Prevention Program at Construction Worksites Aimed at Improving Health and Work Ability Is Cost-Saving to the Employer: Results From an RCT

K.M. Oude Hengel, J.E. Bosmans, J.M. van Dongen, P.M. Bongers, A.J. van der Beek, B.M. Blatter

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Background: To prolong sustainable healthy working lives of construction workers, a prevention program was developed which aimed to improve the health and work ability of construction workers. The objective of this study was to analyze the cost-effectiveness and financial return from the employers' perspective of this program. Methods: A total of 293 workers in 15 departments were randomized to the intervention (n=8 departments) or control group (n=7). Data on work ability and health were collected using questionnaires. Sick leave data were obtained from the companies. Both the cost-effectiveness analyses and return on investment analyses were performed. Results: After 12 months, the absenteeism costs were significantly lower in the intervention group than in the control group. At 12-month follow-up, no significant differences were found with respect to the primary outcomes (work ability, mental and physical health status) and secondary outcomes (musculoskeletal symptoms), meaning that the intervention was not cost-effective in comparison with the control group. The net-benefit was €641 per worker, and the intervention generated a positive financial return to the employer. Conclusion: The intervention in the present study was cost-saving to the employer due to reduced sickness absenteeism costs in the intervention group compared with the control group. However, the intervention cannot be regarded as cost-effective as no significant effects were found for work ability and health. Am. J. Ind. Med. 57:56-68, 2014. © 2013 Wiley Periodicals, Inc.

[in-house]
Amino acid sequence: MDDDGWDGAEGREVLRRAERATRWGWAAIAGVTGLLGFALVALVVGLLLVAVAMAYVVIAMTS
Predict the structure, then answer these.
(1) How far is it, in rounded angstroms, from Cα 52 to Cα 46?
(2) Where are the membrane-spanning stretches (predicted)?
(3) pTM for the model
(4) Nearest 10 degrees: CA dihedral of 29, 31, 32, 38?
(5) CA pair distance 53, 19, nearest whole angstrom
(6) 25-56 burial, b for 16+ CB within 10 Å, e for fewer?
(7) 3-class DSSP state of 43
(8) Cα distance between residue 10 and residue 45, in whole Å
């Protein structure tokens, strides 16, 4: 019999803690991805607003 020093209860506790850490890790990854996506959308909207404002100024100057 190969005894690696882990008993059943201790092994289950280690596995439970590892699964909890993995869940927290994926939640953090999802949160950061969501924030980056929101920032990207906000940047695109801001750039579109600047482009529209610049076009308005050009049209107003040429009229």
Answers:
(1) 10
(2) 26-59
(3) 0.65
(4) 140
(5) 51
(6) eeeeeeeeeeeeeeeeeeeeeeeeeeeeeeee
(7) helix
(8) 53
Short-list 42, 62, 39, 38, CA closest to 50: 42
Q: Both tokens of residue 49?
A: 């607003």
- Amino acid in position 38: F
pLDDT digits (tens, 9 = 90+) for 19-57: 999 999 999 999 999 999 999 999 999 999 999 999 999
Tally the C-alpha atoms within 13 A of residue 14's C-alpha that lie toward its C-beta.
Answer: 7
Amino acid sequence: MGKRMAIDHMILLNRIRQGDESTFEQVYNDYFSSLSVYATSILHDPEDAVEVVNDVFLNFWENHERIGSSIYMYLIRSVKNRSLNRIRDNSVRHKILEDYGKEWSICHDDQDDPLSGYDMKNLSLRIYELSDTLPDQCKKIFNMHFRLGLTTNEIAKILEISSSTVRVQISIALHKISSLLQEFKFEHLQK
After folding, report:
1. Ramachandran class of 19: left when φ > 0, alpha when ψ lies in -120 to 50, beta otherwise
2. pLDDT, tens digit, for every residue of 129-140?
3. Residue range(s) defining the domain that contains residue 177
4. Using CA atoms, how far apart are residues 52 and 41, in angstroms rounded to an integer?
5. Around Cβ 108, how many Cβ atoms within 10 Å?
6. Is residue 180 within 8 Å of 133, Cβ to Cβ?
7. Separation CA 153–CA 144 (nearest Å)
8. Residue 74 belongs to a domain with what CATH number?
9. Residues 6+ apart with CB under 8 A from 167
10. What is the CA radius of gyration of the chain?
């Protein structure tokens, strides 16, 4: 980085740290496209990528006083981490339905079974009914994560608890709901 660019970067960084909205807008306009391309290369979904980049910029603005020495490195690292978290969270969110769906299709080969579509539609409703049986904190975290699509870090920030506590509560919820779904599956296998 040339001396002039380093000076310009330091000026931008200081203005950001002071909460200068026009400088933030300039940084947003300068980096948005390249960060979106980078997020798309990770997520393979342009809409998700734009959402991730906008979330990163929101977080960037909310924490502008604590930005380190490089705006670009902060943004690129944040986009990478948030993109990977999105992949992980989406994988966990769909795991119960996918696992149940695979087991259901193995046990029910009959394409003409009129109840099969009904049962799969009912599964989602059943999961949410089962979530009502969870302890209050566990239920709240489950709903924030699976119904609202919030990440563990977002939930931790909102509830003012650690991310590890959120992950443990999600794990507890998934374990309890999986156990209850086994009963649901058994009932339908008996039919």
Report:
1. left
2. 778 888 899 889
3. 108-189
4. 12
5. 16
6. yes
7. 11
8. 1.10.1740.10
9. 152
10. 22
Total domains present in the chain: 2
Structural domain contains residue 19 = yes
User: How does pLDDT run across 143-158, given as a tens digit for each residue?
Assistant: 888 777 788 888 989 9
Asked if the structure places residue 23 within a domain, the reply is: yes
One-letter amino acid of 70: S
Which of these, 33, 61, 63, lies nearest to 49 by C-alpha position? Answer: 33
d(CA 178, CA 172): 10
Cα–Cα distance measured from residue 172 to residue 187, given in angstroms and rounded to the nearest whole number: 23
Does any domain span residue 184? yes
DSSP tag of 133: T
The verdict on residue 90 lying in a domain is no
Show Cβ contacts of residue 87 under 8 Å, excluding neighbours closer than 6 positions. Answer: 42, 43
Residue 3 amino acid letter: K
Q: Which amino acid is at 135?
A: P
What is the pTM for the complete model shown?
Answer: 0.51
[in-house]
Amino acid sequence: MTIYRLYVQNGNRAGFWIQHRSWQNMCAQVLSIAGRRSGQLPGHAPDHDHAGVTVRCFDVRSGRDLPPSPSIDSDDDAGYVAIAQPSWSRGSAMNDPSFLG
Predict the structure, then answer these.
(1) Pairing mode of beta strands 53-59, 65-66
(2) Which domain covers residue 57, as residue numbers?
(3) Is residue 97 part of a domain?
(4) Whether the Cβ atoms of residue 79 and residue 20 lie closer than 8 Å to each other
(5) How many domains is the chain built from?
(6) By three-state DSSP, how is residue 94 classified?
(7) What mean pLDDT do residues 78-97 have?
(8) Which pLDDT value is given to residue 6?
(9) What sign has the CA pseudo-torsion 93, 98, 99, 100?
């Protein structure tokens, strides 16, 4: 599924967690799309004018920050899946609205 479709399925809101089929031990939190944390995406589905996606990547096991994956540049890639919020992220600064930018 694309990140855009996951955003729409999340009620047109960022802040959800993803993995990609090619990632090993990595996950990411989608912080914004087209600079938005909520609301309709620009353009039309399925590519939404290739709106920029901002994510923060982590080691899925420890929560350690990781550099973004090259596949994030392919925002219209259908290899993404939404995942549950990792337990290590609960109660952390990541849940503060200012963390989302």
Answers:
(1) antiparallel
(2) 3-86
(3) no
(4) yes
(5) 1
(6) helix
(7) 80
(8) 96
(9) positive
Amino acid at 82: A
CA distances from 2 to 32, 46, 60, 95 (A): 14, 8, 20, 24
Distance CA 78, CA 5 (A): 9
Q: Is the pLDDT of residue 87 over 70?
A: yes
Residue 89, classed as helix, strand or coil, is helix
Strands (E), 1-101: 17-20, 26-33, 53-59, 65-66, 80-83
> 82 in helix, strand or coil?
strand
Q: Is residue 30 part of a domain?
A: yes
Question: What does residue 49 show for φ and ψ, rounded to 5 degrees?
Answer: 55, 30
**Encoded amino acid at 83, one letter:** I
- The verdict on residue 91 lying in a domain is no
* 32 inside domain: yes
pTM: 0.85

Original languageEnglish
Pages (from-to)56-68
JournalAmerican journal of industrial medicine
Issue number1
Publication statusPublished - 2014

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